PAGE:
He is highly intelligent and extremely adept at political manoeuvering. The position he hold lays testament to that.

To anticipate part of a response, high intelligence does not necessarily make a good politician (many examples of this, Michael Foot being the first to spring to mind).
By:
politicspunter
When: 15 May 20 14:01
Michael Foot was a truly excellent politician, an incredibly intelligent man. Great politicians are present in all parties from the past.
By:
markzzz
When: 15 May 20 14:09
...... But he was completely rejected by the electorate. I fully agree that he was very astute and had excellent ideas, but if you can't take the electorate along with you that does no good at all in politics.
By:
politicspunter
When: 15 May 20 14:16
As he was an MP from 1945-1983, many of those years in a cabinet role, I think he was the opposite of "completely rejected" by the electorate.
By:
markzzz
When: 15 May 20 14:18
I think having an abysmal GE record is rejection, but happy to amicably disagree on this.
By:
politicspunter
When: 15 May 20 14:23
If you are referring to the one election (1983) he was Labour leader (a role he took on very reluctantly), you will find that the Labour and SDP alliance combined vote (53%) was far higher than the Conservatives. If the SDP had not split the Labour vote in multiple constituencies, a different result was certainly possible.
By:
Angoose
When: 15 May 20 14:28
LONDON (Reuters) - Prime Minister Boris Johnson told Britain’s parliament on Wednesday that his government moved swiftly to protect the country’s vulnerable care homes. Under increasing pressure to defend his record on fighting Covid-19, he said: “We brought in the lockdown in care homes ahead of the general lockdown.”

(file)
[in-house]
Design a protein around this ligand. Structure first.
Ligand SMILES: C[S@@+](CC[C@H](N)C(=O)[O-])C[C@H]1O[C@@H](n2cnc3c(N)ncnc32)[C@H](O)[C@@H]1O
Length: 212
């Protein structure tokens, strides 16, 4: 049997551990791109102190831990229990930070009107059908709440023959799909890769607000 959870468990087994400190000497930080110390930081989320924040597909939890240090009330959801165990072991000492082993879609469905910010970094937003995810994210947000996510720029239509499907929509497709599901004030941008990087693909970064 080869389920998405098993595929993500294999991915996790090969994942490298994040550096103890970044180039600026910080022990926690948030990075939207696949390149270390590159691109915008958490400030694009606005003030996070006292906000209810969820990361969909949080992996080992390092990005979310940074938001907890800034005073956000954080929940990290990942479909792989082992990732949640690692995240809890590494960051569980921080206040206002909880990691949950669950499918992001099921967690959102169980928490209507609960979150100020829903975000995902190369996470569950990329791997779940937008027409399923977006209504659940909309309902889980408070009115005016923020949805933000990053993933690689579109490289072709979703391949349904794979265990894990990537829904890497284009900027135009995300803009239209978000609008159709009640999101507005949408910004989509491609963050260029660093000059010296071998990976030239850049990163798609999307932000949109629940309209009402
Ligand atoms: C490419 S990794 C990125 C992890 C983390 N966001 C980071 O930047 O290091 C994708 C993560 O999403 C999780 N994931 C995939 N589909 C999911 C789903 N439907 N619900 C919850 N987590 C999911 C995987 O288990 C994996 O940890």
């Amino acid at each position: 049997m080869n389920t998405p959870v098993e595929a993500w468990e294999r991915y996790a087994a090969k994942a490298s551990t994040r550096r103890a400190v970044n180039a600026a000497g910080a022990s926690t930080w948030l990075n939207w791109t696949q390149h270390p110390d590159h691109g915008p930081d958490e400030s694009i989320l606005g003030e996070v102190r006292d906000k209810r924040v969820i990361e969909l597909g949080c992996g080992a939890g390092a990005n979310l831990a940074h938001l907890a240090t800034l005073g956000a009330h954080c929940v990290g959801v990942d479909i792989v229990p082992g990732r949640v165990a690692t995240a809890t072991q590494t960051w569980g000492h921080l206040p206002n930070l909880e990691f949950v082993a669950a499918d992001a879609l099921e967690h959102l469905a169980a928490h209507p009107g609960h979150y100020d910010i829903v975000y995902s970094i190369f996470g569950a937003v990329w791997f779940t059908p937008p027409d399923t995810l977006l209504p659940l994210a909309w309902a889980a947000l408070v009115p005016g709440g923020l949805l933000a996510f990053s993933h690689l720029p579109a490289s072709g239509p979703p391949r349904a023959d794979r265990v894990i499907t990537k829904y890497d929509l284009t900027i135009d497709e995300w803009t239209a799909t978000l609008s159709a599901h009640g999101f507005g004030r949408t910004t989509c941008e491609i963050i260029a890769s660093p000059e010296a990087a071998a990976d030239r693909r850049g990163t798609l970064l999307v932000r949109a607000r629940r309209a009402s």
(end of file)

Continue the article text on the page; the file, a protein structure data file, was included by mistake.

An examination by Reuters of the guidance issued to care homes, as well as interviews with three care home providers, has provided no evidence that any such early lockdown was ordered.

https://www.reuters.com/article/us-health-coronavirus-britain-carehomes/exclusive-review-contradicts-boris-johnson-on-claims-he-ordered-early-lockdown-at-uk-care-homes-idUSKBN22R1O2

No doubt it will all be included within the forthcoming public inquiry.
By:
markzzz
When: 15 May 20 14:29
A similar explanation could be made for 80-90% of elections. The fact is he ran on a manifesto which Gerald Kaufman called the longest suicide note in history, and got a result pretty much unrivaled until Corbyn in 2019. Also, laying a wreath at the cenotaph whilst being dressed like a tramp didn't help him in the public eye.

I can easily commend him as a politician, but not as a party leader.

I will rest there lest it becomes an argument rather than a debate, please feel free to have the last word.
By:
politicspunter
When: 15 May 20 14:31
Describing him as a tramp is a poor show. I wish we had more politicians today of his intellect and commitment to his beliefs.